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visits member for 3 years, 4 months
seen Oct 27 at 1:58

Oct
21
comment Why is this sentence: “Additional nine features were added…” incorrect?
@WS2: That's the answer.
Oct
18
comment Alternative expression for “xyz Nazi”
@JoeBlow: If "grandpa who's a Sheriff" isn't aware that there's a risk for police to be frivolous, and that this is a real problem for many people, he probably needs to be offended.
Oct
7
comment Is “homophobic” a noun?
@WS2: I don't think those forms are in current usage by medical professionals. The correct forms would be "a person with epilepsy" or "a person with diabetes", etc.
Oct
7
comment Is “homophobic” a noun?
Regarding the last paragraph, it should be noted that this usage is going out of style, and is actively rejected by some people as dehumanizing. This is especially the case with words that name a person according to a disease or disability they have or where the adjective-as-noun form has been used to actively dehumanize ("illegals", "homosexuals", etc.).
Oct
4
comment What does it mean when Americans say “We love you” in an email?
Also, giving the types of answers it's receiving and OP's search for a culturally appropriate way to respond from a presumably non-native-speaker position, is it possible that this question would be more appropriate on ELL than English.SE?
Oct
4
comment What does it mean when Americans say “We love you” in an email?
@ChrisSunami: Is answer content that's putting the language in cultural context off-topic for this site? I felt this answer went a bit overboard on that, but in general it seems like a very reasonable thing to do.
Sep
30
comment Is there any “swearword” in English not associated with excrements, the genitals, sexual activity or religion?
Although there are different theories and no clear evidence as to which one is right, I think most (all?) of them fall under either religion or sexual/genital categories.
Sep
30
comment Is there any “swearword” in English not associated with excrements, the genitals, sexual activity or religion?
Bitch and bastard are non-examples. Even if they are "swearwords" (this is questionable), bitch specifically refers to a female dog in the context of a sexual/reproductive role, not just in general, and bastard refers to the target's mother's sexuality as a means of causing offense.
Sep
8
answered correct antonym for individualistic
Sep
1
awarded  Nice Answer
Jul
29
comment Appropriate word for internet name of a person
A plus to "handle" is that it will be immediately understood by CB users. ;-)
Jul
23
comment 'The company I work for' cannot be shortened to 'My company'?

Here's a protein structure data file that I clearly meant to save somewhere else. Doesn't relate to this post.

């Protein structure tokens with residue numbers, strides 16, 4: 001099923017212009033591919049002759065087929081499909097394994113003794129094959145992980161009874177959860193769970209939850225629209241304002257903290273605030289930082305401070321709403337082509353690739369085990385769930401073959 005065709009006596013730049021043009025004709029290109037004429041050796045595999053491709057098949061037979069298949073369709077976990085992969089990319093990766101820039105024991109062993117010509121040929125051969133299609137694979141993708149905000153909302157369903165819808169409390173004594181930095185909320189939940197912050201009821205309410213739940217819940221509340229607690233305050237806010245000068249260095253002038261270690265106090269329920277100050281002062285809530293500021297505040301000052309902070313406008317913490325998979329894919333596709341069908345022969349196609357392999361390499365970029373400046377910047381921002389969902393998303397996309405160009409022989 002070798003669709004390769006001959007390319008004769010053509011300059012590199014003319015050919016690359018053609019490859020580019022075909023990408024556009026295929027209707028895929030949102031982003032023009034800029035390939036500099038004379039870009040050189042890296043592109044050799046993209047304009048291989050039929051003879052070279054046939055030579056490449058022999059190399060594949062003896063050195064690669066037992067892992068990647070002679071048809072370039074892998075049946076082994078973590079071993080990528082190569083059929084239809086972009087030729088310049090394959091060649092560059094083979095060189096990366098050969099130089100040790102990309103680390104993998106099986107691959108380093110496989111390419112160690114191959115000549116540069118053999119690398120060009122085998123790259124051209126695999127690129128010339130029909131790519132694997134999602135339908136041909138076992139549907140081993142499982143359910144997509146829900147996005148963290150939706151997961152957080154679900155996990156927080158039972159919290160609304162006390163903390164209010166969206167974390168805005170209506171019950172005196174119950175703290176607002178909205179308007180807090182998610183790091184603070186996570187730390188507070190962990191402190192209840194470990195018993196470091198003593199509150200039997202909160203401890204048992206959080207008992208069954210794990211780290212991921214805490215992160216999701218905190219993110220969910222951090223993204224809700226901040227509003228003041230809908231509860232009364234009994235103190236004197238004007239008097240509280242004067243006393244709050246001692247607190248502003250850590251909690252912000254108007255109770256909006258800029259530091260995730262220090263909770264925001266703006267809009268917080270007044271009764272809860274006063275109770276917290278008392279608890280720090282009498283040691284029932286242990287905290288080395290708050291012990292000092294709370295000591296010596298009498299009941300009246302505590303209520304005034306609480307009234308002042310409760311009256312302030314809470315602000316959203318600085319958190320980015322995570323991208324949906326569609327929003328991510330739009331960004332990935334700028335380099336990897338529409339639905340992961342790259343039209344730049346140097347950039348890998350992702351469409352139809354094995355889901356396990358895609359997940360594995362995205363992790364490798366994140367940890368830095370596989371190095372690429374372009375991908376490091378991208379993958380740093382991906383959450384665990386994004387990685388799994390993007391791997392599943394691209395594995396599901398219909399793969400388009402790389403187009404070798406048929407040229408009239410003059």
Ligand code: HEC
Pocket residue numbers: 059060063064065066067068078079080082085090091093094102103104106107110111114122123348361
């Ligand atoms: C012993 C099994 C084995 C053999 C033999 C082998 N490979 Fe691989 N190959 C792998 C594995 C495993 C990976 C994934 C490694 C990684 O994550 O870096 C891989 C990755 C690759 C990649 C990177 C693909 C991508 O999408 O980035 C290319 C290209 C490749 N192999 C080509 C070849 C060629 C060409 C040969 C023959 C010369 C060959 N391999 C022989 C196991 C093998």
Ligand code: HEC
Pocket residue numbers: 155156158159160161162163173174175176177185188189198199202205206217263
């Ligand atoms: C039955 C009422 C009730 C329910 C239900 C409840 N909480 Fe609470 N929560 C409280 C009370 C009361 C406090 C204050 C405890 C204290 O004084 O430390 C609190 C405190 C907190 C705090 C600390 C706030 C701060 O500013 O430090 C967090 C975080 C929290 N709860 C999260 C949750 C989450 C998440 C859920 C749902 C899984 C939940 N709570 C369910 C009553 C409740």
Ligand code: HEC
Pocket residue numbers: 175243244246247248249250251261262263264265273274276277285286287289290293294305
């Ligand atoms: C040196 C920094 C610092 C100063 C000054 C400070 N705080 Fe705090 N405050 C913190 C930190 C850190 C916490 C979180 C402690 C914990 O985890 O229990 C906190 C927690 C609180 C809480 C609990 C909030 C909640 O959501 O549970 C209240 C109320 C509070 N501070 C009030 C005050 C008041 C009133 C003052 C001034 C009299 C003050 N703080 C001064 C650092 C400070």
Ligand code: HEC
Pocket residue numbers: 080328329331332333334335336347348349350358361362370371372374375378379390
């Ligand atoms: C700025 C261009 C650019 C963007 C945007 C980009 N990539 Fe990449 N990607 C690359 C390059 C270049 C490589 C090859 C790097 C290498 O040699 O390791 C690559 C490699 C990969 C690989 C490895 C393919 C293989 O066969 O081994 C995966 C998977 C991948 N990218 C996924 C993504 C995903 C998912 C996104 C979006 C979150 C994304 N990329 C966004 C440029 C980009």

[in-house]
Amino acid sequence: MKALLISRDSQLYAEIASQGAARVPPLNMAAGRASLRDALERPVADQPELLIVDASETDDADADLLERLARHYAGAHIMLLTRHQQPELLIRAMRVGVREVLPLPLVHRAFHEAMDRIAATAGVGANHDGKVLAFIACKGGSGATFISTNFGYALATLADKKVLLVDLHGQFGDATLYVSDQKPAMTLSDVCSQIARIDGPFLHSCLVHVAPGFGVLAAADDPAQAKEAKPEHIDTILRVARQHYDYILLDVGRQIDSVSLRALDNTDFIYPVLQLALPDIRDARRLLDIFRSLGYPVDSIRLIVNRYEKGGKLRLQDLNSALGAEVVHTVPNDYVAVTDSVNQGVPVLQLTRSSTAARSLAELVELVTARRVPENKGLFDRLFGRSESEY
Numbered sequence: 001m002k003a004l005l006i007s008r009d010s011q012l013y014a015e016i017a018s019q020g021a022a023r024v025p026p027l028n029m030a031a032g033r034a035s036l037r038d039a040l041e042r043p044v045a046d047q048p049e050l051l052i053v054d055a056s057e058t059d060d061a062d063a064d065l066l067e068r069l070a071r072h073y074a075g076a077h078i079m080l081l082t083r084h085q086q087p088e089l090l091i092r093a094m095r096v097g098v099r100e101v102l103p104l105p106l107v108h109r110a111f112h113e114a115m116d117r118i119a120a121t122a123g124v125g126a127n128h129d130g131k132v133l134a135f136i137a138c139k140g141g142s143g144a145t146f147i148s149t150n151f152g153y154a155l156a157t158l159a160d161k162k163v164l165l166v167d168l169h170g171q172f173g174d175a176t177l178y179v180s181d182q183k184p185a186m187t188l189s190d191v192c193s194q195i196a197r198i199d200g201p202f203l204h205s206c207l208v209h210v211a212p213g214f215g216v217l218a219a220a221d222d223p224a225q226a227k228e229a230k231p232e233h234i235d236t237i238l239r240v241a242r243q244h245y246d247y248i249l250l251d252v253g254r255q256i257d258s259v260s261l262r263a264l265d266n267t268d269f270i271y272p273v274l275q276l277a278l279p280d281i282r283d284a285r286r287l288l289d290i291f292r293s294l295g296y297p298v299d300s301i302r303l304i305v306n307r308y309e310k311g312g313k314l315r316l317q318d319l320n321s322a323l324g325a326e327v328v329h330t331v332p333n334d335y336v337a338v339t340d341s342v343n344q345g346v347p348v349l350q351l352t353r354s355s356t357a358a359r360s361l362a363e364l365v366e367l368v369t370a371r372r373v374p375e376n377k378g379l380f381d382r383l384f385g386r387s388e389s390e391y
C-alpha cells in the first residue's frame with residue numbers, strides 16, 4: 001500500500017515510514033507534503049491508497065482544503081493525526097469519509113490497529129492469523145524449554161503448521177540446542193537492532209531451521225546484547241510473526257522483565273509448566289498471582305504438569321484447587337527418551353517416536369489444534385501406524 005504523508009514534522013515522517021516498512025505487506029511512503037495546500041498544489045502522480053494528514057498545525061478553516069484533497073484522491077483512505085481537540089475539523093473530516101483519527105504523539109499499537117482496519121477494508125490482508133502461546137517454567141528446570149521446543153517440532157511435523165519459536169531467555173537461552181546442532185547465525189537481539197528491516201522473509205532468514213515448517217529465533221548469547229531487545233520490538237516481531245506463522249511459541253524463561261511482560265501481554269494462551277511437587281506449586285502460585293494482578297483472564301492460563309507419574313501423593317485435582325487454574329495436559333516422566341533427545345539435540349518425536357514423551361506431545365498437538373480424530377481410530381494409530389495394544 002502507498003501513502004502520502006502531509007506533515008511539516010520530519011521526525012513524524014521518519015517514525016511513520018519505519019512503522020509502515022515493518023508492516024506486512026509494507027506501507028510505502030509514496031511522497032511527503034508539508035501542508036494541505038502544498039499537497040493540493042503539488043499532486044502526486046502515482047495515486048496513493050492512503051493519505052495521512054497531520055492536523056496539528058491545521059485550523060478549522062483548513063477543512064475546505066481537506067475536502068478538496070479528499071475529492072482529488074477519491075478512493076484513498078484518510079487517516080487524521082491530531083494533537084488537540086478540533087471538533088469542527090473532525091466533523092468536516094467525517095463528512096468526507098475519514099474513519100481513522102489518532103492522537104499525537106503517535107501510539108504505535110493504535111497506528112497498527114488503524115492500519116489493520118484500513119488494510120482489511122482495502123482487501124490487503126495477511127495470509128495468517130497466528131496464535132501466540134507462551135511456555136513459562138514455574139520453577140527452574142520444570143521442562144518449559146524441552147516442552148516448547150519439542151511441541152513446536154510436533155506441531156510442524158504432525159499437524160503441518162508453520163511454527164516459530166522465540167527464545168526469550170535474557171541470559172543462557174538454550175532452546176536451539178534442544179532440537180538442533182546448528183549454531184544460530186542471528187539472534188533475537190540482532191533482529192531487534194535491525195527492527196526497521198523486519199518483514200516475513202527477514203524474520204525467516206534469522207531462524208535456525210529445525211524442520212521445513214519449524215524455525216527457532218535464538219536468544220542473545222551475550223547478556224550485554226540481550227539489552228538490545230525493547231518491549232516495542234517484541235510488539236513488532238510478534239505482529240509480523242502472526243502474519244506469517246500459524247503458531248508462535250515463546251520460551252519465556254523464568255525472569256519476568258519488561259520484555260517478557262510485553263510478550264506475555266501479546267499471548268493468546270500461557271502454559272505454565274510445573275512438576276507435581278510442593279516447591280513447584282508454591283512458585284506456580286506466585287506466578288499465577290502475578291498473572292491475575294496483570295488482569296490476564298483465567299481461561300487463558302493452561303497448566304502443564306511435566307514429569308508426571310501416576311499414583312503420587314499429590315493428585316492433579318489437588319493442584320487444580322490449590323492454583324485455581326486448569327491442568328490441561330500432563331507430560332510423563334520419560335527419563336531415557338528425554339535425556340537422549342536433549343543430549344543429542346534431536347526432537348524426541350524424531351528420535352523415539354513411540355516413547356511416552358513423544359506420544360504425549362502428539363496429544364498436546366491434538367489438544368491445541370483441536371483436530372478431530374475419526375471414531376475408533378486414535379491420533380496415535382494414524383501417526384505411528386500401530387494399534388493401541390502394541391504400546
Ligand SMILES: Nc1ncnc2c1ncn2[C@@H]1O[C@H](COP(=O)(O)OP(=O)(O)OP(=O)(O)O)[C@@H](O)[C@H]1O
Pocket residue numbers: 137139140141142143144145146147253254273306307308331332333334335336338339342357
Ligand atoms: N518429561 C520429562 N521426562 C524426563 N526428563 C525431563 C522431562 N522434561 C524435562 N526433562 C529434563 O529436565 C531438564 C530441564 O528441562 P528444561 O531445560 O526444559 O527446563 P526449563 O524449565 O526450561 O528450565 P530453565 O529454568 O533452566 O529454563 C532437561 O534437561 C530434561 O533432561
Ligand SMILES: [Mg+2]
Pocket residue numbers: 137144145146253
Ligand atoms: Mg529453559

@FumbleFingers and Kevin, the analogy is not valid because there is no potential for ambiguity when "my" is being used with a noun that you couldn't possibly own. With "my company" there are two possible interpretations. As long as your audience knows the context, I think "my company" is okay to refer to a company you work for, but when in doubt, it's best to be clear and avoid this usage.
Jul
3
answered What is a word for annoying behavior which decreases enjoyment for the other players in a game?
Jun
29
comment What causes the euphemisation of medical terms?
If anything, the old words were the euphemisms, at least at the time...
Jun
29
comment What causes the euphemisation of medical terms?
@l0b0: I'm saying that your examples are definitely not euphemisms, so even if medical euphemisms do exist, your question, as stated, is not really about them. The first definition for euphemism I turned up was "a mild or indirect word or expression substituted for one considered to be too harsh or blunt when referring to something unpleasant or embarrassing". However your examples are all replacements of misleading, erroneous terminology with precise terminology.
Jun
28
awarded  Commentator
Jun
28
comment What causes the euphemisation of medical terms?
-1 for exactly the reasons in medica's answer: "Your entire premise is flawed, and based on a cognitive bias you hold."
Jun
26
comment Atheist/agnostic form of expressing condolences
I think something like this is great when the deceased and/or their family share a similar view to your own, but if not it comes across as exploiting their loss to make a statement about how great your own scientific worldview is.
May
16
answered Is it possible to write an infinite sentence that is grammatically correct?
May
16
awarded  Yearling